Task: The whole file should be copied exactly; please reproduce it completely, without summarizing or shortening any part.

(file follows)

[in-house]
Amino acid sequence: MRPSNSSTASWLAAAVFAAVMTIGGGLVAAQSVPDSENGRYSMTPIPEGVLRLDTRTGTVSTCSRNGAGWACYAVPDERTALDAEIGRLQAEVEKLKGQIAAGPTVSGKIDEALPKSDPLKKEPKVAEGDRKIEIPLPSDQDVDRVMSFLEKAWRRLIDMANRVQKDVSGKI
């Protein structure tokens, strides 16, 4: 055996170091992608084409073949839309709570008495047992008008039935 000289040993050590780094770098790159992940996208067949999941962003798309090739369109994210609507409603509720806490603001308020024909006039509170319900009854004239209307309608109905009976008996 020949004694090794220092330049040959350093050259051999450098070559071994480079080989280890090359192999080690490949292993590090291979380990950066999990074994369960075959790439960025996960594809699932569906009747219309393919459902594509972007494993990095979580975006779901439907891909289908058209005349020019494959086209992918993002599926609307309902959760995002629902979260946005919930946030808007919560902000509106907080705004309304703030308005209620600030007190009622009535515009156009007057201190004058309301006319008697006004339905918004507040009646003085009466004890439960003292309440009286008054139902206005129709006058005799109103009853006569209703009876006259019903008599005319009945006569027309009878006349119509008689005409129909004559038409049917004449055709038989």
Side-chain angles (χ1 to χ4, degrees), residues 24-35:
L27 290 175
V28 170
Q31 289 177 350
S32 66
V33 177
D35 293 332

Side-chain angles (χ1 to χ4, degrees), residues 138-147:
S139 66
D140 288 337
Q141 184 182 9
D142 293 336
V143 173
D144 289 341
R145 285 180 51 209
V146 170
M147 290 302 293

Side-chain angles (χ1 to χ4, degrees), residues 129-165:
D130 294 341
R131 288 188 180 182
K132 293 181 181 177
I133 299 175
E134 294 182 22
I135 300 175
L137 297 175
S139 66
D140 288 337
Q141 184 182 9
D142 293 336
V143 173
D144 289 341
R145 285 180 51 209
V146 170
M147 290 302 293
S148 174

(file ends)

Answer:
[in-house]
Amino acid sequence: MRPSNSSTASWLAAAVFAAVMTIGGGLVAAQSVPDSENGRYSMTPIPEGVLRLDTRTGTVSTCSRNGAGWACYAVPDERTALDAEIGRLQAEVEKLKGQIAAGPTVSGKIDEALPKSDPLKKEPKVAEGDRKIEIPLPSDQDVDRVMSFLEKAWRRLIDMANRVQKDVSGKI
């Protein structure tokens, strides 16, 4: 055996170091992608084409073949839309709570008495047992008008039935 000289040993050590780094770098790159992940996208067949999941962003798309090739369109994210609507409603509720806490603001308020024909006039509170319900009854004239209307309608109905009976008996 020949004694090794220092330049040959350093050259051999450098070559071994480079080989280890090359192999080690490949292993590090291979380990950066999990074994369960075959790439960025996960594809699932569906009747219309393919459902594509972007494993990095979580975006779901439907891909289908058209005349020019494959086209992918993002599926609307309902959760995002629902979260946005919930946030808007919560902000509106907080705004309304703030308005209620600030007190009622009535515009156009007057201190004058309301006319008697006004339905918004507040009646003085009466004890439960003292309440009286008054139902206005129709006058005799109103009853006569209703009876006259019903008599005319009945006569027309009878006349119509008689005409129909004559038409049917004449055709038989």
Side-chain angles (χ1 to χ4, degrees), residues 24-35:
L27 290 175
V28 170
Q31 289 177 350
S32 66
V33 177
D35 293 332

Side-chain angles (χ1 to χ4, degrees), residues 138-147:
S139 66
D140 288 337
Q141 184 182 9
D142 293 336
V143 173
D144 289 341
R145 285 180 51 209
V146 170
M147 290 302 293

Side-chain angles (χ1 to χ4, degrees), residues 129-165:
D130 294 341
R131 288 188 180 182
K132 293 181 181 177
I133 299 175
E134 294 182 22
I135 300 175
L137 297 175
S139 66
D140 288 337
Q141 184 182 9
D142 293 336
V143 173
D144 289 341
R145 285 180 51 209
V146 170
M147 290 302 293
S148 174